vi. That the aforesaid facts are further reinforced for a consideration of the agenda item dated 27.12.1995, pursuant to the judgment of this court. A perusal of the resolution makes it clear that the Municipal Committee had "decided that the Schemes which are pending are hereby dropped by the Municipal Council, Bathinda and the office is directed to act accordingly." Thus, all pending Schemes stand dropped as per the aforesaid resolution.

28. Per contra, Mr. Mahabir Singh, learned Senior Counsel appearing for Municipal Corporation, Bhatinda (Respondent No. 2) submitted that the judgment in the case of Yogender Pal had no applicability as the law declared therein was made prospective by observing that it would not be in public interest to unsettle the settled state of affairs. It was, thus, a case of prospective overruling. He further submitted that as per the judgment dated 16.1.1980 of the High Court, the provisions of the Scheme were not to become final unless the objections filed by the appellants are disposed of by the Committee. A fortiorari, the Scheme was to attain finality if the objections were to be rejected and that was specially observed by the High Court.

Countering the submissions that the objections had not been decided/ rejected Mr. Mahabir Singh argued that these objections were specifically rejected by the Municipal Committee way back on 30.6.1980 and on 9.7.1980. He further submitted that this rejection was never challenged by the appellant. Instead he preferred a civil suit for permanent injunction which was, however, dismissed on 4.11.1985. A reading of this order would reveal that the objections were duly considered by the Committee and the same were dismissed.

Even appeal was filed against this judgment and decree of the trial court but the appellant withdrew the same and, therefore, finding of the trial court that objections were rejected had become final. His further plea was that these are pure finding of facts which have been arrived at against the appellant who has dragged on the matter for last 30 years after successfully encroaching upon the land which was duly carved under Town Planning Scheme for public street. He further submitted that the appellant had suppressed all these proceedings including filing of Civil Writ No. 19812 of 1996 which was subsequently withdrawn by him.

29. We have given our anxious thought to the aforesaid submissions of learned Counsel for the parties. It is a common case of the parties that the judgment in Yogender Pal (Supra) is prospective i.e from the date of judgment which is 15.7.1994. It is also a common case of the parties that the Scheme in question was framed much earlier. Thus, as pointed out above, the only issue is as to whether the Scheme had attained finality and answer to this question depends upon another issue viz. whether objections of the appellant to the Scheme were disposed of by Respondent No. 2 or not, in compliance with directions dated 19.6.1980 of the High Court.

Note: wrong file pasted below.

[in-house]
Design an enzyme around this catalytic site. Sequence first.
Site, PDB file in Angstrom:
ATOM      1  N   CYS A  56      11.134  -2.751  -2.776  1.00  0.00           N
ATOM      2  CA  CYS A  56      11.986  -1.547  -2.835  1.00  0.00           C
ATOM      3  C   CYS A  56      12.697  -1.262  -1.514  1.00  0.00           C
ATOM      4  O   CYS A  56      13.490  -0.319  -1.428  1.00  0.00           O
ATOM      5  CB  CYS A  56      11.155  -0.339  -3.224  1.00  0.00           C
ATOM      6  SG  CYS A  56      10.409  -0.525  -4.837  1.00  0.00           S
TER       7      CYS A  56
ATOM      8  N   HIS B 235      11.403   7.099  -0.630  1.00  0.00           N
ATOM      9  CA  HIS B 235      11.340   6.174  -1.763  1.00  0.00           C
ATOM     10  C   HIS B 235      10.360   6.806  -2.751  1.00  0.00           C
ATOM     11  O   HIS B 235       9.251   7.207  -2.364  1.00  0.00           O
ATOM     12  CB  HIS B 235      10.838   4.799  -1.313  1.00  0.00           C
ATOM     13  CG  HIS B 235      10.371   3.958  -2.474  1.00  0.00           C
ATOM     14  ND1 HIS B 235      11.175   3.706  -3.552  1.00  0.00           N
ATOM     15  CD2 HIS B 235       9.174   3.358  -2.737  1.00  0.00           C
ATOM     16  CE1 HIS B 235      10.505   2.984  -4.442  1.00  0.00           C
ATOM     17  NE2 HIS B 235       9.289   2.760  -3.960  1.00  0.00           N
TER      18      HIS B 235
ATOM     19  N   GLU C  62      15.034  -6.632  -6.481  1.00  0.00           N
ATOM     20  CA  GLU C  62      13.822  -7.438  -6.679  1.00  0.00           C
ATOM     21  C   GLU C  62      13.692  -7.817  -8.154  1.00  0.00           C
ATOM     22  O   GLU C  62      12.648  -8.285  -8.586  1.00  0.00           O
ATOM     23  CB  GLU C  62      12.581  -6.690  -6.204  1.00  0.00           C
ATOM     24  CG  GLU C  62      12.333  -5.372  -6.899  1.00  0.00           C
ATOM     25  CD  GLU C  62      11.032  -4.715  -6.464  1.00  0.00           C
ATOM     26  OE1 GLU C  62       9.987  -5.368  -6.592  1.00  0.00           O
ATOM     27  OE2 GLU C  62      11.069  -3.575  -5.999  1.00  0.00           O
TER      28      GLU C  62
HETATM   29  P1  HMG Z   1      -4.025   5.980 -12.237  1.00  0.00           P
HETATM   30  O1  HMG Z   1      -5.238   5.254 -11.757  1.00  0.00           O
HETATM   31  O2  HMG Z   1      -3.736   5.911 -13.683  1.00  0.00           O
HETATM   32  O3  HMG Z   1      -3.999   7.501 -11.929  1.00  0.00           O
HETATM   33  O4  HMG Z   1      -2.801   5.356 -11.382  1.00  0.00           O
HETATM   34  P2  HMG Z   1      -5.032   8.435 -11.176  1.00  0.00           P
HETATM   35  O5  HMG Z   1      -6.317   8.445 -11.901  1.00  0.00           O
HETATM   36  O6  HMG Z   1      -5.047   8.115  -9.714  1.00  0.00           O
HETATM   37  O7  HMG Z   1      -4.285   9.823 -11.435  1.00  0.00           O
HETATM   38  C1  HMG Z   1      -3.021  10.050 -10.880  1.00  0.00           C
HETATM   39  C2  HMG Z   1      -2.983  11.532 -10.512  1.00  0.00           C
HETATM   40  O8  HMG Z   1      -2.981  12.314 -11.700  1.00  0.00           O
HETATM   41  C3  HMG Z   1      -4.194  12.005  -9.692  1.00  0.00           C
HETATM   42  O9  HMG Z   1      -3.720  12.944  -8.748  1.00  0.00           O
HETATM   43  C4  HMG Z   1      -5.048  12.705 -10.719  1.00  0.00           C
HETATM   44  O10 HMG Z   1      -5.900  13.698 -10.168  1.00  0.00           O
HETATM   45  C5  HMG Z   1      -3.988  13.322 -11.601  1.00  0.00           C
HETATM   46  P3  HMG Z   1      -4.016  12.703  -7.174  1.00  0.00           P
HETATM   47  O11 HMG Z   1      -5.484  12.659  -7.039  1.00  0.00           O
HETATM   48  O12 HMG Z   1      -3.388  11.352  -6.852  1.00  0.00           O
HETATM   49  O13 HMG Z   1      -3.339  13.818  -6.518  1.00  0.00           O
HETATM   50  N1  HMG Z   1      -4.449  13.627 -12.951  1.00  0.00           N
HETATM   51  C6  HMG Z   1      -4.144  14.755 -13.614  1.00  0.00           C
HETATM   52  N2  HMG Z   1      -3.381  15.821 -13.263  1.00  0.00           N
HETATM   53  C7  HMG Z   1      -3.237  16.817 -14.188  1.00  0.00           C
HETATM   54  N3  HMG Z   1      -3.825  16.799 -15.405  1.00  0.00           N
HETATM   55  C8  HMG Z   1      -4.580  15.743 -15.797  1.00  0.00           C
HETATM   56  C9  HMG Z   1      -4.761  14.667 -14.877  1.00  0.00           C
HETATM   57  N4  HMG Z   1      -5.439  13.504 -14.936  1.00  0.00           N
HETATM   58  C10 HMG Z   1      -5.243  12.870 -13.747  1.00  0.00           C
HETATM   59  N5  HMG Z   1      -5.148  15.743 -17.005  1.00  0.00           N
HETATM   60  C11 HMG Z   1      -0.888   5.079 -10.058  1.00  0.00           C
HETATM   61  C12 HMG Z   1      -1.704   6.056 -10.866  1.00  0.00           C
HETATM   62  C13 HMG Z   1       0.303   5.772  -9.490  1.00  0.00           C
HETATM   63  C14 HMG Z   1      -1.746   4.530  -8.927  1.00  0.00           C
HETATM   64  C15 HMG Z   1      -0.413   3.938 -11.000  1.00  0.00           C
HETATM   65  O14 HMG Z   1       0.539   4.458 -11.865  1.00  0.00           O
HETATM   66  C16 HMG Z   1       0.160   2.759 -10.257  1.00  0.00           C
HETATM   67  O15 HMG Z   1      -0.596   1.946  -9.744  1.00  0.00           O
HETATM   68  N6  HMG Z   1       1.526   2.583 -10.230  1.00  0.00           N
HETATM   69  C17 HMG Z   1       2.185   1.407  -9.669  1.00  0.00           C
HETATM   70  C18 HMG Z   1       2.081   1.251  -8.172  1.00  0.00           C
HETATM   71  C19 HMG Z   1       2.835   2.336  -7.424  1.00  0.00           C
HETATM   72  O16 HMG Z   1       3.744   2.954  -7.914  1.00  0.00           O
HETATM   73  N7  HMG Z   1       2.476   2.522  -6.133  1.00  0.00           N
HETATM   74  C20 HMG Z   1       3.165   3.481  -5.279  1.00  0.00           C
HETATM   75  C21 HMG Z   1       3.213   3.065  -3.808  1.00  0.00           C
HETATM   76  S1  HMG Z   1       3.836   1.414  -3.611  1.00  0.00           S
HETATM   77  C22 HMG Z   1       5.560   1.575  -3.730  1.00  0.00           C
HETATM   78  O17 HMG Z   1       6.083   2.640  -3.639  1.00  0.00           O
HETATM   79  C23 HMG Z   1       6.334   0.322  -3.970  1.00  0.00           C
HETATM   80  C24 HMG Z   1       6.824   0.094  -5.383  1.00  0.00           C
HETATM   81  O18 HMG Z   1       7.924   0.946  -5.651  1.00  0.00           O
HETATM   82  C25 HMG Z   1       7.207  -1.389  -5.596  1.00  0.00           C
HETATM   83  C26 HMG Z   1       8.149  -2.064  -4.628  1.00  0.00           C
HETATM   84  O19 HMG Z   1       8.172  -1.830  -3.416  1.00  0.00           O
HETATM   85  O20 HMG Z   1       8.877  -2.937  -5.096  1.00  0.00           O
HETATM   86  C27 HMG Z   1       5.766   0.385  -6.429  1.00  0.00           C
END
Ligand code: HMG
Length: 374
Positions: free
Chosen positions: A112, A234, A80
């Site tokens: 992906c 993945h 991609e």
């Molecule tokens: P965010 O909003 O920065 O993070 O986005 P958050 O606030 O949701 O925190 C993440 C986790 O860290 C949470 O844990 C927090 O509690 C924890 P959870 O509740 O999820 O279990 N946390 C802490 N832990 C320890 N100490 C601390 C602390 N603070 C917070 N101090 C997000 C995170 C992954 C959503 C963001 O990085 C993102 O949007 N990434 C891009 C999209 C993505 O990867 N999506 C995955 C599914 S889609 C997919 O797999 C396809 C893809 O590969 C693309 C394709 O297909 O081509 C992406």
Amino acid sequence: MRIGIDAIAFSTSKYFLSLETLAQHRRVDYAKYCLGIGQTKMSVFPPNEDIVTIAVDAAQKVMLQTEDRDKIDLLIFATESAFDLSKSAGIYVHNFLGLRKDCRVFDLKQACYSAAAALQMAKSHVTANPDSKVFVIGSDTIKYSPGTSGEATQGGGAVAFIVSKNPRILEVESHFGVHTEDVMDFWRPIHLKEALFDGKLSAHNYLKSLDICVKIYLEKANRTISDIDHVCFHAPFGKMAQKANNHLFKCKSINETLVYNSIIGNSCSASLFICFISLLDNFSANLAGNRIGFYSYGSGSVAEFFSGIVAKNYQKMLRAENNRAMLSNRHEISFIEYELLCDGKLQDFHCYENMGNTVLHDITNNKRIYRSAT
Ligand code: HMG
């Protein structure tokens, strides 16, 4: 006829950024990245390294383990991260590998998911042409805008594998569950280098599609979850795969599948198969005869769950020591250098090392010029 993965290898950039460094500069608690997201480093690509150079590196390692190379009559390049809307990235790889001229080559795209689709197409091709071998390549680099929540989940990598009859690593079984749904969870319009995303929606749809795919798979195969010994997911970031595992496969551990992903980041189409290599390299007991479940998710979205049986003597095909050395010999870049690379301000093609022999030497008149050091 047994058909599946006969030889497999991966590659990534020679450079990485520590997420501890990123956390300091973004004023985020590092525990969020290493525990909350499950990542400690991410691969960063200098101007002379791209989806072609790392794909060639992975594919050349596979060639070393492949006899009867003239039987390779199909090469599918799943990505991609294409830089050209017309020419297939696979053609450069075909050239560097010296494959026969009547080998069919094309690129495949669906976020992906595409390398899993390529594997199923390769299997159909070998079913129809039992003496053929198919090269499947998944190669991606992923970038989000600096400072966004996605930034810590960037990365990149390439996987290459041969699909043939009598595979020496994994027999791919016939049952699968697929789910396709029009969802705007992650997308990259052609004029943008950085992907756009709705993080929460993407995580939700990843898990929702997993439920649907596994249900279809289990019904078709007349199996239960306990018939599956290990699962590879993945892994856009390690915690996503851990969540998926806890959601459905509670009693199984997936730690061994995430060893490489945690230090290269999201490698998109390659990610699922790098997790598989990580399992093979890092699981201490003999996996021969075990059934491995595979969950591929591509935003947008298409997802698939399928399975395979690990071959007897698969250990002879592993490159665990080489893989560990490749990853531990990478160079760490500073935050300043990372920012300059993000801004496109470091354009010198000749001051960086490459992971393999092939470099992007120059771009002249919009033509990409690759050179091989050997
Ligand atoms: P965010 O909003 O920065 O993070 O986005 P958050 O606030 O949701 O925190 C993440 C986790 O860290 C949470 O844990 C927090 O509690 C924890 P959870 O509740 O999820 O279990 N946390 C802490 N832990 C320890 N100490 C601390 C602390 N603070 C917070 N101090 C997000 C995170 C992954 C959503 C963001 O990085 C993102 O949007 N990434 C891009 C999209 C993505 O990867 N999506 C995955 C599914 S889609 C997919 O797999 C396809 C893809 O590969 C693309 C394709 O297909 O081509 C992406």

30. It is borne from the record that these objections were duly considered on 30.6.1980 and 8.7.1980. In the proceedings of 30.6.1980 objections of the appellant regarding demarcation were rejected. At the same time it was decided that verification be done at the spot and in case there is any mistake in the plan of the Scheme, the same be got rectified. It was so done. Thereafter, matter came up before the Committee on 9.7.1980 and after considering the entire matter the Committee specifically rejected the objections of the appellant.

Operative portion of the minutes of the meeting dated 30.6.1980 as well as 9.7.1980 are as under: "Minutes of the Meeting dated 30.6.1980: Shri Som Chand Katia, Writ Petitioner No. 226/79 is present. He has stated that his total land measuring 31550 sq. yards is covered under the Scheme and his land to the extent of 35% has been taken under the Scheme and some of his land thus goes waste. The objector has been asked to get the demarcation of the total land at the spot and produce the plan in the office of Municipal Committee by 7.7.1980 and should also get the spot inspection of the land so that in spot inspection it could be verified as to how much of his land falls under the Scheme.

In case any area more than 25% of his total land comes under the park/ road, the same may be adjusted. The objector has stated that he is not ready to give any land for road or park without compensation. Thus objection of the objector is rejected because under Section 192 of the Punjab Municipal Act, 1911 land to the extent of 25% without payment of compensation and an additional 10% with payment of compensation can be taken for the purpose or roads and parks under the proposed Town Planning Scheme." Minutes of the Meeting dated 9.7.1980 "As per decision dated 30.6.1980, the objector Shri Som Chand Katia was required to get the measurement of his land at the spot.